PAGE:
6. This section means that any person who is invited or summoned to appear must obey and testify as to what he knows. Even if the testimony tends to incriminate him he must testify. Even if he claims his constitutional right against self-incrimination, he still must testify. However, his testimony cannot be used against him in any subsequent proceeding, provided that at the time it is being presented, he invokes his privilege against self-incrimination. His testimony, no matter what it may be, cannot in any way cause him harm.

The only exception is if the testimony he gave is false, in which case he can be prosecuted and punished for perjury. He may also be demoted or removed from office.

7. The testimonies given by private respondents before the Agrava Board are therefore not admissible against them in their trial before the Sandiganbayan, having invoked their privilege against self-incrimination.


PLANA, J., concurring:

I would like to underscore some considerations underlying my concurrence:

1. According to the Constitution, no person shall be compelled to be a witness against himself. But the law (PD 1886) which created the Agrava Board decrees that no person shall be excused from testifying on the ground of self- incrimination. If the law had stopped after this command, it would have been plainly at variance with the Constitution and void. lt was to ward off such a Constitutional infirmity that the law provided for immunity against the use of coerced testimony or other evidence, an immunity which, to be constitutionally adequate, must give at least the same measure of protection as the fundamental guarantee against self-incrimination.

2. Presidential Decree 1886 was not intended either to restrict or expand the constitutional guarantee against self-incrimination. On the one hand, a law cannot restrict a constitutional provision. On the other hand, PD 1886 was adopted precisely to coerce the production of evidence that hopefully would unmask the killers of Senator Aquino, although the compulsory process is accompanied by "use" immunity.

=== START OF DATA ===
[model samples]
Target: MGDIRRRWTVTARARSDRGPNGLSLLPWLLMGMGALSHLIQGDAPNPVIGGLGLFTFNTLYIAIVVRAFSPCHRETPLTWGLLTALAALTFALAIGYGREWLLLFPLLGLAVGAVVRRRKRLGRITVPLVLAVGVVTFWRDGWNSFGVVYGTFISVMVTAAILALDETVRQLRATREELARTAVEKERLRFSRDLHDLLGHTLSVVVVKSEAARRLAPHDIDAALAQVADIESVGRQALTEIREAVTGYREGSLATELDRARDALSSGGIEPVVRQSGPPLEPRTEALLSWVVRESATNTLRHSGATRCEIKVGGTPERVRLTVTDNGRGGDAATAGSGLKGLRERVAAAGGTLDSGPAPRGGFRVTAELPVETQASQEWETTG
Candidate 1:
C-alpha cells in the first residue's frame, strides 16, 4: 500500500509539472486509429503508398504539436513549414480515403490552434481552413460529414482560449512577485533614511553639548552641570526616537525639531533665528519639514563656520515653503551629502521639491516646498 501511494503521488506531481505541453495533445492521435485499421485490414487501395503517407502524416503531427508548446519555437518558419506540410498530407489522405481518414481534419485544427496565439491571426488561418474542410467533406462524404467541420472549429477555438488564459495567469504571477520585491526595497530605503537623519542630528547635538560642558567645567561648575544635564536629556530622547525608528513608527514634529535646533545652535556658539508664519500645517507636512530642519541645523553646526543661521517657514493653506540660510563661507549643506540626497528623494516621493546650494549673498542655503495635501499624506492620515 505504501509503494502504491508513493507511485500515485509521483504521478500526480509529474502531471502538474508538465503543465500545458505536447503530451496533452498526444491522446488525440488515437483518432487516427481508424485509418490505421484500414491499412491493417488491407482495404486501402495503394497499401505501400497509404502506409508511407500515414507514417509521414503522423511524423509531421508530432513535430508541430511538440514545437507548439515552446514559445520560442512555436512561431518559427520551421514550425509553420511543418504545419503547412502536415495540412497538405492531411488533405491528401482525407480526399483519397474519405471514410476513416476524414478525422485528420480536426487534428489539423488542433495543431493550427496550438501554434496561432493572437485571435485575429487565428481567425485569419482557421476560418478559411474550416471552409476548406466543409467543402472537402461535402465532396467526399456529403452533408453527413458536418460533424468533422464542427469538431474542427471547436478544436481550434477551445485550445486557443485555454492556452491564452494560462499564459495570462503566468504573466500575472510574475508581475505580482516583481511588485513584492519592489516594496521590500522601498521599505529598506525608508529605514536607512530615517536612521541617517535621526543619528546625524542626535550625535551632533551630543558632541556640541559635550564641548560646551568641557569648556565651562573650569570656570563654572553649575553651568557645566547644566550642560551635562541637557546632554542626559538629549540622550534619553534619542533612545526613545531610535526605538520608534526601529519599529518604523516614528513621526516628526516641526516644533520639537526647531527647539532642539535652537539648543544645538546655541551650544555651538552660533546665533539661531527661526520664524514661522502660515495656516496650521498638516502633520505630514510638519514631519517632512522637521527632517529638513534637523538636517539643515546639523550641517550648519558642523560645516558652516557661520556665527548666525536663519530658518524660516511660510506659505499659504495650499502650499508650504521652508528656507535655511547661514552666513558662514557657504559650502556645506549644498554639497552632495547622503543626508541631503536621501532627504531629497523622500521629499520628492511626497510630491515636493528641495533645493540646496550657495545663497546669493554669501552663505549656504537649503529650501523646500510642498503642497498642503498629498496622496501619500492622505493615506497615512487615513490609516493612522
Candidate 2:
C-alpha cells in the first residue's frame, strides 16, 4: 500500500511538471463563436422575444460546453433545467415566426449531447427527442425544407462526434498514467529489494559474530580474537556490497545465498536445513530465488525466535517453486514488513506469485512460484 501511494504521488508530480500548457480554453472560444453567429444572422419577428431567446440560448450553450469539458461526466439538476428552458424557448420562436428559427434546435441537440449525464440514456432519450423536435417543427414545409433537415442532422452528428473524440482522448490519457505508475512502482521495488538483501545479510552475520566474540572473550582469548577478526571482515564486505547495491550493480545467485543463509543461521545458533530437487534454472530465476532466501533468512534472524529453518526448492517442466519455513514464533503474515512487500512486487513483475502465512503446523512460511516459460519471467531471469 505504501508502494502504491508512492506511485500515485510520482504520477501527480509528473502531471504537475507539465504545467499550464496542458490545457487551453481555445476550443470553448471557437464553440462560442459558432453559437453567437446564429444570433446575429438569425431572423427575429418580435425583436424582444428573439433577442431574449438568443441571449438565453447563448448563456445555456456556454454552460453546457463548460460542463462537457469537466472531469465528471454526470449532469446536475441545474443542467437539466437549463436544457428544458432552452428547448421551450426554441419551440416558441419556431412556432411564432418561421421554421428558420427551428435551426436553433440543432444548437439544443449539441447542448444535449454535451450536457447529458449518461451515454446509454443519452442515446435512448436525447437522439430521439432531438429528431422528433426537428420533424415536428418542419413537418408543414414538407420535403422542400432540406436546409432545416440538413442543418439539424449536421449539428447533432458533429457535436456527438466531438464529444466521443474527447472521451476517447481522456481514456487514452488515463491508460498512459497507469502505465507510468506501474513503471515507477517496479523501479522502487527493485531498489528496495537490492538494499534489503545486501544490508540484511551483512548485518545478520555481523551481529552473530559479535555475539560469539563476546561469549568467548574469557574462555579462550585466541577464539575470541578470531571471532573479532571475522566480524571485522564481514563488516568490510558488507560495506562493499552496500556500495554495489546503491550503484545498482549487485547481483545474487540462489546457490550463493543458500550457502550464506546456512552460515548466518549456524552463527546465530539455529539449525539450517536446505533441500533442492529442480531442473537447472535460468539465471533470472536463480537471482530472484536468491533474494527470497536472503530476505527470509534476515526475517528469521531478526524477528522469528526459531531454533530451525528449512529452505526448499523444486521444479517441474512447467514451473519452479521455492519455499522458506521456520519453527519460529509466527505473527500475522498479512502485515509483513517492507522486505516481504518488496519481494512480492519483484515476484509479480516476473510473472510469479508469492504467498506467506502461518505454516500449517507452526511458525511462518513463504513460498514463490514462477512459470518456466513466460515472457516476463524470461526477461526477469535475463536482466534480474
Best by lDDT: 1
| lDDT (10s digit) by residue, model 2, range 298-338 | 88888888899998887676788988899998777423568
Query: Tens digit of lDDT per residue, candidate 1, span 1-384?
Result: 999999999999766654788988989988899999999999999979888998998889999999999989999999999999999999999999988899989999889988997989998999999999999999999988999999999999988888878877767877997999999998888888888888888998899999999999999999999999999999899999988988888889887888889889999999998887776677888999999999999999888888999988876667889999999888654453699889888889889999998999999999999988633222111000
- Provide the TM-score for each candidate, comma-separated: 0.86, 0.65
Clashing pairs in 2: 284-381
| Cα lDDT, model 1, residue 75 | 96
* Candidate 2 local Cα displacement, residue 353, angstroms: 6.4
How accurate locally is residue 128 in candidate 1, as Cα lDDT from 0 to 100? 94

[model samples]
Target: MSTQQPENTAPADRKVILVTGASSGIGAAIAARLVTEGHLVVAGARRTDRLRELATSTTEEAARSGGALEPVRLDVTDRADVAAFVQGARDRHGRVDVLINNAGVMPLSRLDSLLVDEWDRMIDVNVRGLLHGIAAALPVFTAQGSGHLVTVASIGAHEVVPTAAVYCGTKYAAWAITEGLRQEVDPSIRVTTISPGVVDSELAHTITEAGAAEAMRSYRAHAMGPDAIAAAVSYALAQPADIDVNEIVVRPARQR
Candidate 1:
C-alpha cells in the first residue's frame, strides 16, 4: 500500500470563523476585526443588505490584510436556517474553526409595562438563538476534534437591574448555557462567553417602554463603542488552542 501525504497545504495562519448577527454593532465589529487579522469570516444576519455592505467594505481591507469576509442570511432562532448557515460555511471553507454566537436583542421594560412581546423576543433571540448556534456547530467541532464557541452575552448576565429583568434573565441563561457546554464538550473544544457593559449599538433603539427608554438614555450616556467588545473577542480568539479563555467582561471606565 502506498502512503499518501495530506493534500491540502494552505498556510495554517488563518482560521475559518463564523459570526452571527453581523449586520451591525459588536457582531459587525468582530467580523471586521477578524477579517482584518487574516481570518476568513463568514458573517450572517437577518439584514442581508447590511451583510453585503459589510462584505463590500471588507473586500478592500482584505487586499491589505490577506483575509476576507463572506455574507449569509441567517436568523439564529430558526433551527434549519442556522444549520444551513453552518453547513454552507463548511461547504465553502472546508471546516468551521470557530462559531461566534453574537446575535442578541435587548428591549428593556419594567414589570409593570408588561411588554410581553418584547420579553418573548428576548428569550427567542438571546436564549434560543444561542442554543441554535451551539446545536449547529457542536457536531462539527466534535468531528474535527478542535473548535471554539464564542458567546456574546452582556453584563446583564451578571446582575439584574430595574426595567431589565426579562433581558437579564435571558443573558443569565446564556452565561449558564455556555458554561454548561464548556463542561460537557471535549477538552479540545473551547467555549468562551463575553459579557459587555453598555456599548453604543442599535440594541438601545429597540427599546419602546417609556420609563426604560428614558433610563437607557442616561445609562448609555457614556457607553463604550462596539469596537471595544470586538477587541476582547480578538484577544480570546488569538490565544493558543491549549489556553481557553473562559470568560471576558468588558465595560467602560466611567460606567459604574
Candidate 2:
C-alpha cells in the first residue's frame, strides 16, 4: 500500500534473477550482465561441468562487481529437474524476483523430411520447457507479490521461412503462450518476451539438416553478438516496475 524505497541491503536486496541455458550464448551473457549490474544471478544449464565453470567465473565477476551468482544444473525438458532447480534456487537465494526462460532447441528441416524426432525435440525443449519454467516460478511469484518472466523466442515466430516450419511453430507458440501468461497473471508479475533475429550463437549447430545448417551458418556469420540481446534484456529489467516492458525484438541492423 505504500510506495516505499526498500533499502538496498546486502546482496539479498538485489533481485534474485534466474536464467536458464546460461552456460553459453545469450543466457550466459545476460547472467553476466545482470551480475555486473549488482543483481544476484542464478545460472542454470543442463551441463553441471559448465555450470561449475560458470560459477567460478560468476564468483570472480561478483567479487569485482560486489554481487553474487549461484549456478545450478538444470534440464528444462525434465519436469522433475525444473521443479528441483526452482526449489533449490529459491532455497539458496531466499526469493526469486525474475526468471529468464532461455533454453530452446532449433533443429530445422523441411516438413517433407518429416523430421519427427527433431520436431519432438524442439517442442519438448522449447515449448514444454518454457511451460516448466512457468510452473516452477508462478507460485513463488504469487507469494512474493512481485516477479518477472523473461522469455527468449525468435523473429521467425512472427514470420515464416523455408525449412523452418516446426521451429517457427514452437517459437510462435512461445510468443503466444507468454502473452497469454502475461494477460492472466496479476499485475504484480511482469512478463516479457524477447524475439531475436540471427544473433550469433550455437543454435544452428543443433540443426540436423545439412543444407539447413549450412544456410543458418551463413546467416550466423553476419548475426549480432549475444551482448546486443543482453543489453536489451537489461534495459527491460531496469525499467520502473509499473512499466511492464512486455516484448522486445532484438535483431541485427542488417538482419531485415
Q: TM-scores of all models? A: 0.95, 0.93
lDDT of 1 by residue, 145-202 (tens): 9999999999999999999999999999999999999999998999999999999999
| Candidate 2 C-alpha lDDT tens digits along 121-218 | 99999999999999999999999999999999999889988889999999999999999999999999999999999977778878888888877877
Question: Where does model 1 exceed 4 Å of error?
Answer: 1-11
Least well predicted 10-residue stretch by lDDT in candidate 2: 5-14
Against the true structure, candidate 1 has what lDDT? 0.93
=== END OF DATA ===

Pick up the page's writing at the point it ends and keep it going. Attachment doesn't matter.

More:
3. It is argued that the right against self- incrimination must have been invoked before the Agrava Board if the use of evidence given therein against the witness in a subsequent criminal prosecution is to be barred. I did not agree.

I fail to see why to preserve pursuant to law (PD 1886) one's constitutional right against self-incrimination, one has to offer resistance to giving testimony a resistance which the said law itself says is futile and cannot prevail, as no witness by its specific injunction can refuse to testify.

4. The constitutional right against self-incrimination may be waived expressly. It may also be waived impliedly by speaking when one has the option to hold his tongue. Waiver by implication presupposes the existence of the right to keep silent. Thus, when one speaks because the law orders him to do so, his action is not really voluntary and therefore his testimony should not be deemed an implied waiver of his constitutional right against self- incrimination.

5. Presidential Decree 1886 does not give private respondents absolute immunity from prosecution, It only bars the use against them of the evidence that was elicited from them by the Agrava Board. If there are other evidence available, private respondents are subject to indictment and conviction.